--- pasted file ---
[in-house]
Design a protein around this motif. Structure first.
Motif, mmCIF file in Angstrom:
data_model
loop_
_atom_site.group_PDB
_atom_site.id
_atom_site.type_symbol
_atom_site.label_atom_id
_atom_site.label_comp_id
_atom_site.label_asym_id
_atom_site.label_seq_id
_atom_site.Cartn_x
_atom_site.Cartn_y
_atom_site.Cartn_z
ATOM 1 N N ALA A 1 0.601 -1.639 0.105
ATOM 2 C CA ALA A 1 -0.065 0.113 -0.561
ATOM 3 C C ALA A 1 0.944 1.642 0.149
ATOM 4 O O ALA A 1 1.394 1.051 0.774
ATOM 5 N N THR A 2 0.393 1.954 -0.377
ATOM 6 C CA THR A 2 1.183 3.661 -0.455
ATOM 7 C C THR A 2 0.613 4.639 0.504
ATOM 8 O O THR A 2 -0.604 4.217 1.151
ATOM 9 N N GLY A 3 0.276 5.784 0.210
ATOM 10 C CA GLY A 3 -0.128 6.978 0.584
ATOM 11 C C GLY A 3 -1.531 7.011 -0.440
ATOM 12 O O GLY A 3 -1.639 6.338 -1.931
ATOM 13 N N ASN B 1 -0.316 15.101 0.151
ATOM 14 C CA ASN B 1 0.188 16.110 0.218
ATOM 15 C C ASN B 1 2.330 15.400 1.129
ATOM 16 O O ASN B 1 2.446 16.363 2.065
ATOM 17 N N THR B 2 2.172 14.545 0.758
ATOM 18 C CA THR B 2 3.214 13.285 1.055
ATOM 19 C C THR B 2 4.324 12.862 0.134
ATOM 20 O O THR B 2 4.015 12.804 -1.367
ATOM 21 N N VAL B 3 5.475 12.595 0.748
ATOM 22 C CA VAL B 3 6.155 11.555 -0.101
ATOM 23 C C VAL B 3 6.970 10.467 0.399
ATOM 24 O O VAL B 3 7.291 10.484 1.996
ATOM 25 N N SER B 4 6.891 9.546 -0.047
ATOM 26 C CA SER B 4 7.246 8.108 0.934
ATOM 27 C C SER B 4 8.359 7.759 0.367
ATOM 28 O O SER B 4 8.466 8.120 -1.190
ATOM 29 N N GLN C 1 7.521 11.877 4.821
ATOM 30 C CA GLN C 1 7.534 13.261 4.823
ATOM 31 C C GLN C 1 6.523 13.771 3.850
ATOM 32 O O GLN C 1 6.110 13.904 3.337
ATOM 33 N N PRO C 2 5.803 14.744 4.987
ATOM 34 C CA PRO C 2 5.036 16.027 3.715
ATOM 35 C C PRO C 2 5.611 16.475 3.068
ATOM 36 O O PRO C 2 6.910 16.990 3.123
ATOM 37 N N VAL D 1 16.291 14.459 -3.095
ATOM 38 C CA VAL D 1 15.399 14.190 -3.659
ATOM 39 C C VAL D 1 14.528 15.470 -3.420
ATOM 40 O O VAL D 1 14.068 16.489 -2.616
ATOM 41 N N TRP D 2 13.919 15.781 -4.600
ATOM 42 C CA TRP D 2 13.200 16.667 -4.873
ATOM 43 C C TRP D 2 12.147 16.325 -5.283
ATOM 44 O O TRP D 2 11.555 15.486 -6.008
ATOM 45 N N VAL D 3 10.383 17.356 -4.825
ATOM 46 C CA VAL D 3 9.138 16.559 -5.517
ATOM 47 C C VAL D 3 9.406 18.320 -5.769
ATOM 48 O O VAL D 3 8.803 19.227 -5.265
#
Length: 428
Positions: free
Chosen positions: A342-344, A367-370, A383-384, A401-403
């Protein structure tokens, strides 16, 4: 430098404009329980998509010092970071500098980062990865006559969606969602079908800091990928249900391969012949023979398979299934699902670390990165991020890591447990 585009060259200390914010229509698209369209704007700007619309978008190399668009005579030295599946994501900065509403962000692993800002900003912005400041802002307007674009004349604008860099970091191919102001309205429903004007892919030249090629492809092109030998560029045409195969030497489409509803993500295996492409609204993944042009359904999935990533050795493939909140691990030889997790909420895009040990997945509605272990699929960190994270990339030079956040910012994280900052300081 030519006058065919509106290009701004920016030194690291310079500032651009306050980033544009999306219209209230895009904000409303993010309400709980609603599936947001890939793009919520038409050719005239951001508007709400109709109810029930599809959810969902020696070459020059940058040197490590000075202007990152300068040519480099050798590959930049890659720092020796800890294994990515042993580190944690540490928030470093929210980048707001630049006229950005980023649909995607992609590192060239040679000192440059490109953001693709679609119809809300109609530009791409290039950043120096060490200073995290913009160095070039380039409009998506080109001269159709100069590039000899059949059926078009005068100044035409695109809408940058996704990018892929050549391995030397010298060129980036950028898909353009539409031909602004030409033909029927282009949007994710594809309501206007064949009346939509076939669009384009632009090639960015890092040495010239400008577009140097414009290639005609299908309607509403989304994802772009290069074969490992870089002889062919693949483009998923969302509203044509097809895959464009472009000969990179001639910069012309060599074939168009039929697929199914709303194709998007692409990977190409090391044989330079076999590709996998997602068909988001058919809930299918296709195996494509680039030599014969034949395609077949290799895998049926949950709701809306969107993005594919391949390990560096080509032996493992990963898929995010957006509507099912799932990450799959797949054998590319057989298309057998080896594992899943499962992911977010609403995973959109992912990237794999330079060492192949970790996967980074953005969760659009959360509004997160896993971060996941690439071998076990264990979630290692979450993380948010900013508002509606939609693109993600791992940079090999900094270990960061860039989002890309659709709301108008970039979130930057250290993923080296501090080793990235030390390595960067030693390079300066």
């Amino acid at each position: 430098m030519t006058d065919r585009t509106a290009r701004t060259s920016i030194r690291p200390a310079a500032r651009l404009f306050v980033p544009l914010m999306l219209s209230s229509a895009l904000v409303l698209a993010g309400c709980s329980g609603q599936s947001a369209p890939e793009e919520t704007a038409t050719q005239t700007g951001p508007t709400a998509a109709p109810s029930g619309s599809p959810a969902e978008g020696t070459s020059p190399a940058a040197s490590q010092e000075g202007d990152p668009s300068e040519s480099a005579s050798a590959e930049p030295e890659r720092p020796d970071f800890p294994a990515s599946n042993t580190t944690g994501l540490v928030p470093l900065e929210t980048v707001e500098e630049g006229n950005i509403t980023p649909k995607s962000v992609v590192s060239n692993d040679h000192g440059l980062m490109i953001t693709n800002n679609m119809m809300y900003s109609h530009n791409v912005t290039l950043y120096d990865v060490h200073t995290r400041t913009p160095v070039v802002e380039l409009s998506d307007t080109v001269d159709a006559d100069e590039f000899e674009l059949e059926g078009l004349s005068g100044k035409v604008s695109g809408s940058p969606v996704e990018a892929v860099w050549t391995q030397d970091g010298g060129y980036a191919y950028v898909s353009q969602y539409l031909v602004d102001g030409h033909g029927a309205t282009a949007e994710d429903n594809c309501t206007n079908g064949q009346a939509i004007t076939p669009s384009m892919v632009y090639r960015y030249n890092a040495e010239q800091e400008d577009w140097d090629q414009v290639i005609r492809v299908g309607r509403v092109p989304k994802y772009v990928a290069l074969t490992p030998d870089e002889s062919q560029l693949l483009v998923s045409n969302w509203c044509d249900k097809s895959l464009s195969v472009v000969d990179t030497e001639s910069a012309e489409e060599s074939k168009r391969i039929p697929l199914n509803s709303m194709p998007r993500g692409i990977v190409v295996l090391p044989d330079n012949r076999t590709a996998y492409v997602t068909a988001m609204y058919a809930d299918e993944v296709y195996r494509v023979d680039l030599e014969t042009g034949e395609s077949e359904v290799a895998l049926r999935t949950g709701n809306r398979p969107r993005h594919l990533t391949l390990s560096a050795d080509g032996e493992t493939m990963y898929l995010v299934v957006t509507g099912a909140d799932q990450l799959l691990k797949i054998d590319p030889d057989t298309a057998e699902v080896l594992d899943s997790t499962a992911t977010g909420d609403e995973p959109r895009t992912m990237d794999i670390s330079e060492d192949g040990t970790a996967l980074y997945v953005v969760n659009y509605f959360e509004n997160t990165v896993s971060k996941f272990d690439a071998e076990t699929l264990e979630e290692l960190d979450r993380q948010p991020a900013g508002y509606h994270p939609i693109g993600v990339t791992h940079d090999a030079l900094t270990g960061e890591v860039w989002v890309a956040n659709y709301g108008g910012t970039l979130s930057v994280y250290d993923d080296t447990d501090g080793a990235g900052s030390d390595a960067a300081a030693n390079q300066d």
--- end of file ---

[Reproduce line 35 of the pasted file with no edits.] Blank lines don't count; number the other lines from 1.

ATOM 20 O O THR B 2 4.015 12.804 -1.367